"Nothing has changed on my system" is a common statement made by people calling an IT helpline for assistance. It is a well-known fact that no system remains stagnant forever, so for those who try to achieve life eternal for their systems, ultimate failure awaits. Take racing as an apt analogy. If a racer never upgrades to a newer engine (CPU) or chassis (model), then the racer will have a hard time staying competitive. Thus, in this chapter, we discuss how to add more to our "racer."
The term storage area network (SAN) will become, if it is not already, a common one among system administrators. The capability to consolidate all storage in a data center into large frames containing many drives is indeed the direction companies will, and need to, take. Large enterprise operating systems such as HPUX, AIX, Solaris, SGI, MVS, and others have made very impressive leaps in that direction. Therefore, Linux must "Lead, follow, or get out of the way." With vendor support from Emulex, QLogic, and others, Fibre Channel storage has become commonplace for Linux, and now system administrators must learn the tricks of the trade to become power players.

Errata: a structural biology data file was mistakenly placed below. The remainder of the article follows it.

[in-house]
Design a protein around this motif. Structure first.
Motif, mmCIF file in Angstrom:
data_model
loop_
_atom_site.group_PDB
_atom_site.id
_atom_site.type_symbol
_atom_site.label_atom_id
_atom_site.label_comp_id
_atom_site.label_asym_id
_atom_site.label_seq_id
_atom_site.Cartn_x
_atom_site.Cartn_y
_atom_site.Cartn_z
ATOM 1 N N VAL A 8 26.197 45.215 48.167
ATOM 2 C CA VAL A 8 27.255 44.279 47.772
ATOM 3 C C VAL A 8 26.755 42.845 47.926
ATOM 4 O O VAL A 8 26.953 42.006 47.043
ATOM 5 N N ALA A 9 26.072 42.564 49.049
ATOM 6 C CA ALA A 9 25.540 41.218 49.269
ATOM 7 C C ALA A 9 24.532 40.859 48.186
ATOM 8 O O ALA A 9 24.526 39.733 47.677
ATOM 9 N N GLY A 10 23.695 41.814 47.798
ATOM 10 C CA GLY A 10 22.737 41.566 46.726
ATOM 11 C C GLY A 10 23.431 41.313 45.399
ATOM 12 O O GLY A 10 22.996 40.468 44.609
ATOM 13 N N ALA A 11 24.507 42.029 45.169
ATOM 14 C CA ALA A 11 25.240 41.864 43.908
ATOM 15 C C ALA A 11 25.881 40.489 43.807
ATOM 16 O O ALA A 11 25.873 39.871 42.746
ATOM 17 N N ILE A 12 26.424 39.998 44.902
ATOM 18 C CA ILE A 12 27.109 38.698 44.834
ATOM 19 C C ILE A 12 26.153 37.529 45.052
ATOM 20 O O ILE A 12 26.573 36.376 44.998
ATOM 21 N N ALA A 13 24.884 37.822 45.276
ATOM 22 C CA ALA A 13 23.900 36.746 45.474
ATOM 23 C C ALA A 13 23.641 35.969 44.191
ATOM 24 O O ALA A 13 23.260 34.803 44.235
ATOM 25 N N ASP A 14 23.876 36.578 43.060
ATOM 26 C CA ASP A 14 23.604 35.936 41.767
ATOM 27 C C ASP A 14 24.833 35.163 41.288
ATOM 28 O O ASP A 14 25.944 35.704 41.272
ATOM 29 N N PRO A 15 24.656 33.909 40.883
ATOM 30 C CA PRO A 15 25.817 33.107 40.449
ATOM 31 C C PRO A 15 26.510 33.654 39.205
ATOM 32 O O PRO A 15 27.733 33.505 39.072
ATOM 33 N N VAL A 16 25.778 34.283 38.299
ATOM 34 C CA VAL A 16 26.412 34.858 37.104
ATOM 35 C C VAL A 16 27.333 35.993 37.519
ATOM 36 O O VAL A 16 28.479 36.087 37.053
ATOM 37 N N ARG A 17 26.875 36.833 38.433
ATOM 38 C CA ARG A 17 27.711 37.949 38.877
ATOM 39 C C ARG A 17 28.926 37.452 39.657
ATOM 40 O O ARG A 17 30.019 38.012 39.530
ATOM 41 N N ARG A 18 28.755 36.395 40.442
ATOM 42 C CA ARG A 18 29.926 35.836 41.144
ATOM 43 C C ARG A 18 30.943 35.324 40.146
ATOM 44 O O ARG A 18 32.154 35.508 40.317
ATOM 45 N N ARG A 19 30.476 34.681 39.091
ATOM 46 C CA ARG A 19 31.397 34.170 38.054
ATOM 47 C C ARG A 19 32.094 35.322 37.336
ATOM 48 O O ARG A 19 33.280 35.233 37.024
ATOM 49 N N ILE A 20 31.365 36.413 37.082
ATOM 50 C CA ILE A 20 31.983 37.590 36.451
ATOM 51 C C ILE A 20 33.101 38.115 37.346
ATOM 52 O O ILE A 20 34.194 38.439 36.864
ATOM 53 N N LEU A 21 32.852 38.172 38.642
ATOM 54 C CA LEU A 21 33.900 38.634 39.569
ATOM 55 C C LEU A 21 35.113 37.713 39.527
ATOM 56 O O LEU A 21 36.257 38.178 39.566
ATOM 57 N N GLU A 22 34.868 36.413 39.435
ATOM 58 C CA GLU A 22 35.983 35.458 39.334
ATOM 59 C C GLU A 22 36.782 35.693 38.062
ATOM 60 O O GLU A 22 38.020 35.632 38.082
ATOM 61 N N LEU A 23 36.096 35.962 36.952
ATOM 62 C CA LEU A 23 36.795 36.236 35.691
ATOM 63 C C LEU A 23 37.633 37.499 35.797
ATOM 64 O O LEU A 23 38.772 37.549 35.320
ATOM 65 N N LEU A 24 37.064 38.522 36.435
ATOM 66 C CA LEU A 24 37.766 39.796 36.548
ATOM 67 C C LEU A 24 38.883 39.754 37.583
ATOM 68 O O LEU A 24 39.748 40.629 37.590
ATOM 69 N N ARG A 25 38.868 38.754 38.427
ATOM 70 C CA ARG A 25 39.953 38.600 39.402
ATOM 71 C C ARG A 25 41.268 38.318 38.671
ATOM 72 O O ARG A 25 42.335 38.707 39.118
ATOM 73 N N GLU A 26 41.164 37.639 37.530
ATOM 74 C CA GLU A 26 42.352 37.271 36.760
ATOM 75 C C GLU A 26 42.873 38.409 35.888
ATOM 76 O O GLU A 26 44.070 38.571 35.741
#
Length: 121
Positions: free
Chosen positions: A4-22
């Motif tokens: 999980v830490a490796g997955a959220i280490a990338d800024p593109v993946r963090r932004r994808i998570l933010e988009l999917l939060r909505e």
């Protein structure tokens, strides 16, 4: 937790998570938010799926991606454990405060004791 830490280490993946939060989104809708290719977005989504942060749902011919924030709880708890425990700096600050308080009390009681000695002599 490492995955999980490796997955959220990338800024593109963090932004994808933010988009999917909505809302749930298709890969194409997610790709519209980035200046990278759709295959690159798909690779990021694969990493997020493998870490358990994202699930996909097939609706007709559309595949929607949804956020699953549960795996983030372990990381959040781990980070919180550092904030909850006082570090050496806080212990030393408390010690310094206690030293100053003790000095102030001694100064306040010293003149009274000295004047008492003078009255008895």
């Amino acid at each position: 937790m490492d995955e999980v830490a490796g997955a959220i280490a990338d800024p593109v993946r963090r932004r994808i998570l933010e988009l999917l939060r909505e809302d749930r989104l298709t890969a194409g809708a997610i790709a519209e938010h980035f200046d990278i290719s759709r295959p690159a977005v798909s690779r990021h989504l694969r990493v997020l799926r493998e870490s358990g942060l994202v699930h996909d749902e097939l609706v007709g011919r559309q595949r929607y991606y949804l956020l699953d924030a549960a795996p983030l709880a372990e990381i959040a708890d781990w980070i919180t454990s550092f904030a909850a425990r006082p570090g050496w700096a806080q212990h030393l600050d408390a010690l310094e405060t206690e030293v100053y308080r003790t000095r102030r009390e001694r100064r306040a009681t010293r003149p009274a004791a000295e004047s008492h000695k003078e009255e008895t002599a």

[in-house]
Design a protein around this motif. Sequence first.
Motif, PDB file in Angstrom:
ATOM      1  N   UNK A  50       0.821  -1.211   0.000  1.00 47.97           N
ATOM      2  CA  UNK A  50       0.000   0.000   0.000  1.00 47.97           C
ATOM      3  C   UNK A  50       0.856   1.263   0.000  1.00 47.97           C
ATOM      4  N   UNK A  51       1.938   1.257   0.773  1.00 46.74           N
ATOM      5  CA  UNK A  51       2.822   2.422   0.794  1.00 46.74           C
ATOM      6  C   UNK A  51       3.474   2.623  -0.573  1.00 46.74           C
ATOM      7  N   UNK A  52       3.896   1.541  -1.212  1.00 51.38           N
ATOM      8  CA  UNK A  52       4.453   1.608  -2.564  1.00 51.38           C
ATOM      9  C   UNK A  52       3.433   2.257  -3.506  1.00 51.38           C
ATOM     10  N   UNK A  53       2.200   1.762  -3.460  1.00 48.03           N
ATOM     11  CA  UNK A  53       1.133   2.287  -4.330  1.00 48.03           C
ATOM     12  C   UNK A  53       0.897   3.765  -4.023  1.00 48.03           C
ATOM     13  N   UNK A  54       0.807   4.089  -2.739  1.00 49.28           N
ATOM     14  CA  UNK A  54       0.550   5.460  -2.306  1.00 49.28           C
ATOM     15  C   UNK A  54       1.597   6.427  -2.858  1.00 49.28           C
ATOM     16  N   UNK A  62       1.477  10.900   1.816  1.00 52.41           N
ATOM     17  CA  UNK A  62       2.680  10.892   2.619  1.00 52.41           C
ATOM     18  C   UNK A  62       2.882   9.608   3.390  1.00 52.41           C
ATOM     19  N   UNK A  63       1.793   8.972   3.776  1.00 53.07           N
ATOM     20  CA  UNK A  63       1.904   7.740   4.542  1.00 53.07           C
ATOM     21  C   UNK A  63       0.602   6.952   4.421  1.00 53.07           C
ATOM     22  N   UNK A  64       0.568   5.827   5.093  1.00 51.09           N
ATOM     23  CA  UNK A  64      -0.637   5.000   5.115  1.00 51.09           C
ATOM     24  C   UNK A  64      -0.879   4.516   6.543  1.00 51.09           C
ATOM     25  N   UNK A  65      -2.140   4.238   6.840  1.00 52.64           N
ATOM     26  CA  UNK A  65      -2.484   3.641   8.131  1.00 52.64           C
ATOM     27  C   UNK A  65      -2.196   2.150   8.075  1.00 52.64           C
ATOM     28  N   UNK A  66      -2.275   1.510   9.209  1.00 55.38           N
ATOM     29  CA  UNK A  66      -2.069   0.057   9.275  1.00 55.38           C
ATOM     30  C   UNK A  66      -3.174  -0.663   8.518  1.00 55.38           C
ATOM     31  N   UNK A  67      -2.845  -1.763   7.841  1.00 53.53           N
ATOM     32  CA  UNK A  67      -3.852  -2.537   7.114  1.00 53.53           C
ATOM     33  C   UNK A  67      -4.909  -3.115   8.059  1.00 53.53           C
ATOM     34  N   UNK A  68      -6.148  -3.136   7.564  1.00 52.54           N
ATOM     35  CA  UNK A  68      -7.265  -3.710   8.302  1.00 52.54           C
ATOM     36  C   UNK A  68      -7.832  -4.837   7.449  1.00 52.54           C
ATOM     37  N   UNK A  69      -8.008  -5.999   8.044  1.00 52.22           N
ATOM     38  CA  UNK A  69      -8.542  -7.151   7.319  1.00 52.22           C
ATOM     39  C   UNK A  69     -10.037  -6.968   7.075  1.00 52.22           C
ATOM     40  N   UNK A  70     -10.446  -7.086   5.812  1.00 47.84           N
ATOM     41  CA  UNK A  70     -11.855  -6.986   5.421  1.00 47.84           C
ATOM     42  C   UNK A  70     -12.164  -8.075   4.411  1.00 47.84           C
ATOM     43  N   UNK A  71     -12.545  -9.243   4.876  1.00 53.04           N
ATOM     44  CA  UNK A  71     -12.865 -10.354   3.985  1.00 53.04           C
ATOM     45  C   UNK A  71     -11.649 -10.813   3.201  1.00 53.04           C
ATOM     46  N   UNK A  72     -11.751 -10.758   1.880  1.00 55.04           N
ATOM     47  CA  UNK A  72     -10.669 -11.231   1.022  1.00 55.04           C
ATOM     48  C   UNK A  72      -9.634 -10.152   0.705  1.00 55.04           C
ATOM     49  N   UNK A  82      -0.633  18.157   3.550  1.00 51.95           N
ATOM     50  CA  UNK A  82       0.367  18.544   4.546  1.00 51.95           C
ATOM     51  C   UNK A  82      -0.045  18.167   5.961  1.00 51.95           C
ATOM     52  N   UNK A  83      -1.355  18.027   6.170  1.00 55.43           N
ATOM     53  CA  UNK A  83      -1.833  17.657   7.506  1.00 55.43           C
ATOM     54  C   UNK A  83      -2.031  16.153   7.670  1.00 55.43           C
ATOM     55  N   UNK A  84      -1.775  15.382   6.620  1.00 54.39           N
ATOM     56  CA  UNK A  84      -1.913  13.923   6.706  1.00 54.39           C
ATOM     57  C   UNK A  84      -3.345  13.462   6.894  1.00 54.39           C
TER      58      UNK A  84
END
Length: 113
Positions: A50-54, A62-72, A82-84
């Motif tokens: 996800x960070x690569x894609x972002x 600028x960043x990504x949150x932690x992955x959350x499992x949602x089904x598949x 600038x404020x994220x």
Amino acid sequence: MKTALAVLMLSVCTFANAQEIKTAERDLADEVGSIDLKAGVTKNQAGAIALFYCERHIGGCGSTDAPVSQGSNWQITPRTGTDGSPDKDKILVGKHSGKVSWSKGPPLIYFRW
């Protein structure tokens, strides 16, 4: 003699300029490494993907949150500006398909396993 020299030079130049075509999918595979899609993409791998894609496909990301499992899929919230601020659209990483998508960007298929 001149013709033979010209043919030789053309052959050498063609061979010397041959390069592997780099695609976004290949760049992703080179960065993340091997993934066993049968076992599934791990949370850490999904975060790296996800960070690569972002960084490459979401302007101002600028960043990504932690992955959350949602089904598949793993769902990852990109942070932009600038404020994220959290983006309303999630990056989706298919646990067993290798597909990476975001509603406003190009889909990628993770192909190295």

In this chapter, we discuss adding disk storage (the most commonly added item) through SAN and touch on PCMCIA/USB. We begin by defining the configuration used to demonstrate our examples and by discussing some highlights. We then discuss the addition of a PCI device to connect additional storage. Next, we move to a discussion of adding storage to a defined PCI device. Due to its complex nature, we conclude this chapter by covering a few topics with respect to adding storage through PCMCIA/USB.